So for me, traveling was never a choice, it was a requirement. I was told when I was going to move, told that I needed to say goodbye to my friends, told I was going to start a new school in a new land, told what apartment we were moving into, told what country we would land in, told with which grandparents I would stay with while we waited, told where we going on a family holiday, and told that everything would be alright and I’d meet new people and make new friends and uncover new and exciting things. But the strangest thing about being told all of these things by my parents is that, after reading my works in The Illusive Home, my mum sat me down extremely concerned and asked me if I believed they had ruined my life in moving me to all those places. She told me she had no idea that I was adopting cultures, that I didn’t believe I had a home, that there was no country that I completely fit into. She truly believed that my experience growing up all over the planet was exactly the same as hers as she moved from place to place as an adult; it was just a long trip away from home.

What she didn’t understand was that in a way, she was right. It was a long trip away from home. But the length of the trip was infinite, a permanent trip that was like a classic science fiction story in which humanity all boards a shuttle and jettisons themselves into space, saying goodbye to the Earth as it burns up into nothing behind them. I was that shuttle. When I started my life as an international nomad, I watched as my home burned to nothing behind me. I would never be able to return to it, because everything that it was to me ceased to exist. It was nothing but shattered memories and distant echoes.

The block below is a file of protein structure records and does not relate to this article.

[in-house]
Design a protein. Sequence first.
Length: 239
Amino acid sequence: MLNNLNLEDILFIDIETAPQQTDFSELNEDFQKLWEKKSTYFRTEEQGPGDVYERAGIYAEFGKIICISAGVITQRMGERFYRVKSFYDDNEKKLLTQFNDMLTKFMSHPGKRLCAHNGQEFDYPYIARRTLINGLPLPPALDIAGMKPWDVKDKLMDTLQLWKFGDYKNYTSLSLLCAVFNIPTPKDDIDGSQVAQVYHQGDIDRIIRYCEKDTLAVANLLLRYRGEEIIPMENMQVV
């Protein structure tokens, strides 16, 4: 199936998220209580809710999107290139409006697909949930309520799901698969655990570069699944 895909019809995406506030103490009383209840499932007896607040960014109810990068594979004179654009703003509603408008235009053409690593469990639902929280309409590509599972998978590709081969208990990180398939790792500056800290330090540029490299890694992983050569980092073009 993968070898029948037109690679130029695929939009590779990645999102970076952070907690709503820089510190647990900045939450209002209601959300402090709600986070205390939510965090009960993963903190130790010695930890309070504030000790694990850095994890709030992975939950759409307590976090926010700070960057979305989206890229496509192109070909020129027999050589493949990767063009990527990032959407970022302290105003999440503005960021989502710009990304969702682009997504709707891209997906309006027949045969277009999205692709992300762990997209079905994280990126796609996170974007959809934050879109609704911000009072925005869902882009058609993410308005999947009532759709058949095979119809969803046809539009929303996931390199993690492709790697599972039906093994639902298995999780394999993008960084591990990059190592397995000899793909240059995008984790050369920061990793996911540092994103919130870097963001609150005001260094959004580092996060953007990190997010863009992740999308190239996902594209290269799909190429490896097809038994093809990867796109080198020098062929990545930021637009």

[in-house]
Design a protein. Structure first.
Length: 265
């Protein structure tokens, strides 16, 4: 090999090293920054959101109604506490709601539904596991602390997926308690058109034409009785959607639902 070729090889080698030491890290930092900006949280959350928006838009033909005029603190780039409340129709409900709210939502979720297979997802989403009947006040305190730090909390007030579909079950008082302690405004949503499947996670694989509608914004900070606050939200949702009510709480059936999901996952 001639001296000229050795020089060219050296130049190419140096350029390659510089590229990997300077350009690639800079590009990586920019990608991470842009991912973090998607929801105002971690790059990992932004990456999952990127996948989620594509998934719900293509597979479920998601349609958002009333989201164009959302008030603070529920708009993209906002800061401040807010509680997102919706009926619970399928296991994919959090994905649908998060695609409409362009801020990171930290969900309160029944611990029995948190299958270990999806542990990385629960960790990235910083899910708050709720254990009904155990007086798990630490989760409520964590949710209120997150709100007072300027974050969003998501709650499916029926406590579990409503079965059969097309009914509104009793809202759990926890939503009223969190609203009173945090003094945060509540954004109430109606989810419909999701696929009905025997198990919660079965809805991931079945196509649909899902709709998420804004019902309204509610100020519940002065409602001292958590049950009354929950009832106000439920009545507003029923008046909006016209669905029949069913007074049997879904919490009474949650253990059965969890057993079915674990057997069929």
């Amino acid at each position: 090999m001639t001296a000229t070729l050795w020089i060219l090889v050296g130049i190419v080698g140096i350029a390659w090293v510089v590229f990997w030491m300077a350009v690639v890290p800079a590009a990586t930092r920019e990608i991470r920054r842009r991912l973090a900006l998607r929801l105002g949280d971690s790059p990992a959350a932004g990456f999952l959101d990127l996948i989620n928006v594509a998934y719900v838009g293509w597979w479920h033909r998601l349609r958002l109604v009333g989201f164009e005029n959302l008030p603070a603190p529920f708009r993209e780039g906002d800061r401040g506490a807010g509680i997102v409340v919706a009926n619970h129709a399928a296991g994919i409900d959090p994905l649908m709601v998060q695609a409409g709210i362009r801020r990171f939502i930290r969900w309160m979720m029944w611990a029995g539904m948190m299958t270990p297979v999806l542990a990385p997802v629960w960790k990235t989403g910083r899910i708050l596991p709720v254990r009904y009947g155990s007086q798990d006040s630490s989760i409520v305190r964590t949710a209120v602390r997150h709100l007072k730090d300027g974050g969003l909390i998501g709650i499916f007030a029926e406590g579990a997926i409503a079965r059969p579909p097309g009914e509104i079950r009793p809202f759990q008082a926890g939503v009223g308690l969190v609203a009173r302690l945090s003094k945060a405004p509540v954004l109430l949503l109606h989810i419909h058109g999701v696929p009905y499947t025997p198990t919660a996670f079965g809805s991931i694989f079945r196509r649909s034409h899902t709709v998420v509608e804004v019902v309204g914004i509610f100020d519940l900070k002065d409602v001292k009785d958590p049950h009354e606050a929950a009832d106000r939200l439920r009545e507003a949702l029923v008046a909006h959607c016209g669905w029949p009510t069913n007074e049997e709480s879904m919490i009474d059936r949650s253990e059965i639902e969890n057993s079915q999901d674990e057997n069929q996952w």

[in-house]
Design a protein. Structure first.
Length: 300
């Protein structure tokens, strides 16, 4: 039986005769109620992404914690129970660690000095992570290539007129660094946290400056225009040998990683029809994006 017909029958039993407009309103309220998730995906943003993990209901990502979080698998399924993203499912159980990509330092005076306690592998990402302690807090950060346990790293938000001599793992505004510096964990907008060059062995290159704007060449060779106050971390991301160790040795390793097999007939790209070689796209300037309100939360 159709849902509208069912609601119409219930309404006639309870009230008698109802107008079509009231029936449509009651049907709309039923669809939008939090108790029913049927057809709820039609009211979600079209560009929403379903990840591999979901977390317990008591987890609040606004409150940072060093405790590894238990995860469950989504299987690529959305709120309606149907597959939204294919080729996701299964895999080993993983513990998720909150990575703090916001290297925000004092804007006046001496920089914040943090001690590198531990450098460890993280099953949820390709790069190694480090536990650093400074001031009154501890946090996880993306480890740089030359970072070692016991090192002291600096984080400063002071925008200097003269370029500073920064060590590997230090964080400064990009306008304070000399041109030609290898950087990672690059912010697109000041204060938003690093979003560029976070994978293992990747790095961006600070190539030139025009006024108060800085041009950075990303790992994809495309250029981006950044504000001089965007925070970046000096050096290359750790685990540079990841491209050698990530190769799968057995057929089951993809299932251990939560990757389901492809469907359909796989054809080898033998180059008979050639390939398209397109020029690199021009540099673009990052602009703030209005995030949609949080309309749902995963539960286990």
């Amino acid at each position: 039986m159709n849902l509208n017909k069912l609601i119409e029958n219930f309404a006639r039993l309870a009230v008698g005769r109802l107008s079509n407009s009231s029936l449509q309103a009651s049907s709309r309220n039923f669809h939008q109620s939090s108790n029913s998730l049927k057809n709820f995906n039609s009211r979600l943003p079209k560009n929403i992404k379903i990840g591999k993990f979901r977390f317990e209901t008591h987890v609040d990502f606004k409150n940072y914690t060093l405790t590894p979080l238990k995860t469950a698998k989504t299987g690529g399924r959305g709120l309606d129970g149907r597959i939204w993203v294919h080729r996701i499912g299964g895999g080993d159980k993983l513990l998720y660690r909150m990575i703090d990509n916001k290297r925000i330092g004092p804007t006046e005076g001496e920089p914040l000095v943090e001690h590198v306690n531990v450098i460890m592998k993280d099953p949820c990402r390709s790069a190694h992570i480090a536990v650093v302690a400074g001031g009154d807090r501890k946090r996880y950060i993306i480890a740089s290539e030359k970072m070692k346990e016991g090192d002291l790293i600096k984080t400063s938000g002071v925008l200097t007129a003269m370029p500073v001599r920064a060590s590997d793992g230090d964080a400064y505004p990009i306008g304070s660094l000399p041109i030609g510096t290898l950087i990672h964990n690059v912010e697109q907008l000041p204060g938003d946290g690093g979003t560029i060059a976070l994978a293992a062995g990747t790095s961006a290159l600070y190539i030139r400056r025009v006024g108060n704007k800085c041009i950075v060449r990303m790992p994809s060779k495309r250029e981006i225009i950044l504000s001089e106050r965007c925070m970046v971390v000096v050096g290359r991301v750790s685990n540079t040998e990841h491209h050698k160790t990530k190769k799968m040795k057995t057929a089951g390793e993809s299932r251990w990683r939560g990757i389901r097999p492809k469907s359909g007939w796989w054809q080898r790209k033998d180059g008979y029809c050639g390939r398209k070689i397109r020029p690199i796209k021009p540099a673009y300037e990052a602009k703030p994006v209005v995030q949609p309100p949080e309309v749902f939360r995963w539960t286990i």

Like that shuttle full of refugees escaping the destruction of Earth, I was looking for another place full of strangers to be my home. I wasn’t looking to take over, to claim control and oppress my views. I was just looking for somewhere that I fit in, somewhere that I could safely say was mine and mine alone. The unfortunate truth of the situation is, however, that the only place that existed was in my high school in Hong Kong. At the Hong Kong International School, or HKIS, I was completely at home. I was surrounded by other TCKs, other kids that had no idea they were part of the Third Culture Kid community. We were immersed in each other, trying to do the best we could with the lives that were thrown upon us. Everyone on the outside called us lucky. They knew us as the rich white kids that came to this foreign land because we were special. But inside that community, we knew were weren’t what everyone else thought. We were something else. We were different.